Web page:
In spite of many glaring inaccuracies and inconsistencies with the established “Star Trek” canon, these four Aliens sold well-enough to warrant a third (and, as it would turn out, final) series of “Trek” figures, consisting of four more Aliens: a Romulan, a Talosian, an Andorian, and a Mugato. These four figures are counted among the rarest of Mego’s produced figures, for decades this was believed to due to a warehouse fire, however, this is 100% false and the true reason these figures prove harder find is due to their limited production run . The fire myth in this instance is a testament to the stature of these four figures and the fascination that surrounds their manufacture and relative scarcity; when you talk about series three, you’re not so much relating history as you are delving into action figure folklore. These final Aliens rank up there with Alter Egos, Teen Titans, and Space: 1999, a fact borne out by the prices they consistently command. Regardless of any warehouse disasters, this series of figures would still have been in high demand today if only for two reasons: the Romulan and the Andorian, two Aliens whose canonical accuracy and innate style almost make up for the glaring deficiencies present in the other six.
Mego, for reasons unknown, created new card art for these figures as well. Actually, “recreated” is probably a more apt term, since they closely patterned the new design on the previous one, making only slight changes. The new card art still depicted essentially the same planetary landscape, but it differed in several important respects: firstly, the “sky” was changed from black to blue; secondly, the stars were all-but-removed; thirdly, the card maintained the width of the previous card design, but was now noticeably taller; and fourthly, the card back now featured all fourteen of the “Star Trek” figures, while simultaneously eliminating half of the accessories advertised on the previous package to make room for the profile expansion. In addition to releasing the final four Aliens on these new cards, Mego took the trouble to re-release the previous series of Aliens on the new card art as well. This fact could be attributed to a desire for uniformity on Mego’s part, if it were not so painfully obvious from almost all other evidence that uniformity was pretty low on Mego’s list of priorities.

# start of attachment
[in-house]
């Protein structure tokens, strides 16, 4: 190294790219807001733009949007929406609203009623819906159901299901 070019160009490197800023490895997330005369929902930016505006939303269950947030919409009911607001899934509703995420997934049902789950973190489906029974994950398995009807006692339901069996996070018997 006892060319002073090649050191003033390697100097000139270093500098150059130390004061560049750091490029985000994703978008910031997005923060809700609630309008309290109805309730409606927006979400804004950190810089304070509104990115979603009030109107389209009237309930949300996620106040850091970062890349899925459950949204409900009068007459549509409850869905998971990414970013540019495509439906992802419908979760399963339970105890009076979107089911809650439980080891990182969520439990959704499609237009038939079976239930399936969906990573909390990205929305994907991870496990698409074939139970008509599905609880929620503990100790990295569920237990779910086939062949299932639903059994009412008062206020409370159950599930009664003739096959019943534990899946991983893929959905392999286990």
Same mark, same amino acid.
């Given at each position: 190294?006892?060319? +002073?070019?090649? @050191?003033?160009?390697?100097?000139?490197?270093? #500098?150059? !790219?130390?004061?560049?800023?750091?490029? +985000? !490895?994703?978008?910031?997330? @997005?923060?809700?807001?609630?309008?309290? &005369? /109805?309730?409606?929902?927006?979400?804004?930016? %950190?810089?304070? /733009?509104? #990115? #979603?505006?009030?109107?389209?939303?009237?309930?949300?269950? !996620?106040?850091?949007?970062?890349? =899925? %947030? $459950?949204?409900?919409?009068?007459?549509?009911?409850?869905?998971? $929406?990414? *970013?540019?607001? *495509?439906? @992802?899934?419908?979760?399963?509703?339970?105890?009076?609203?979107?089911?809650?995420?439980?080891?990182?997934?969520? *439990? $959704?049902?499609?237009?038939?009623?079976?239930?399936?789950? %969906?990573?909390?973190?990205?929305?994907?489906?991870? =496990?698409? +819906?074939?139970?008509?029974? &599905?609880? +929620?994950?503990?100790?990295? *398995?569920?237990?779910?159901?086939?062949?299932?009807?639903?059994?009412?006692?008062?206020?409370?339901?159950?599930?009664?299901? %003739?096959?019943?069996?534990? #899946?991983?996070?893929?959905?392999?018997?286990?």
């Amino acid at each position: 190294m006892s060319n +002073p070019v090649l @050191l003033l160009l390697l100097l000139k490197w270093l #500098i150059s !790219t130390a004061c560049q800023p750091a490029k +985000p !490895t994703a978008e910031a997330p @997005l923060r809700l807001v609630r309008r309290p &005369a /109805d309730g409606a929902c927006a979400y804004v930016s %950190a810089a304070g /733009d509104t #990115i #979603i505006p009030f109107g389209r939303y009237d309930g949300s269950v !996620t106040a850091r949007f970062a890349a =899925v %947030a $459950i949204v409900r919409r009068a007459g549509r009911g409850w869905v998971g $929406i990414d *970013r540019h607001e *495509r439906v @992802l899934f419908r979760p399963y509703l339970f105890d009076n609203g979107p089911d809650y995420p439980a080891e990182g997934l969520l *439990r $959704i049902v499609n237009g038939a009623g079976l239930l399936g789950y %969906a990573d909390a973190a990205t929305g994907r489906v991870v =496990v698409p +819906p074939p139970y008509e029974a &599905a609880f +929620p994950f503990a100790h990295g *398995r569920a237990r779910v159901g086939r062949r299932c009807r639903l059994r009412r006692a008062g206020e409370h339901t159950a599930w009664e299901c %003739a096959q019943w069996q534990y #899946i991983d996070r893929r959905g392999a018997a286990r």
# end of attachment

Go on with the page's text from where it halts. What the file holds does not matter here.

The eight-inch line of “Star Trek” figures effectively died with these last four Aliens; so, too, did every Trekkie’s dreams of a Harry Mudd or a Khan, a Sulu or a Chekov, a Nurse Chapel or a Yeoman Rand. It would be left to the Mego customizers, a generation later, to pick up the ball that Mego dropped in 1976.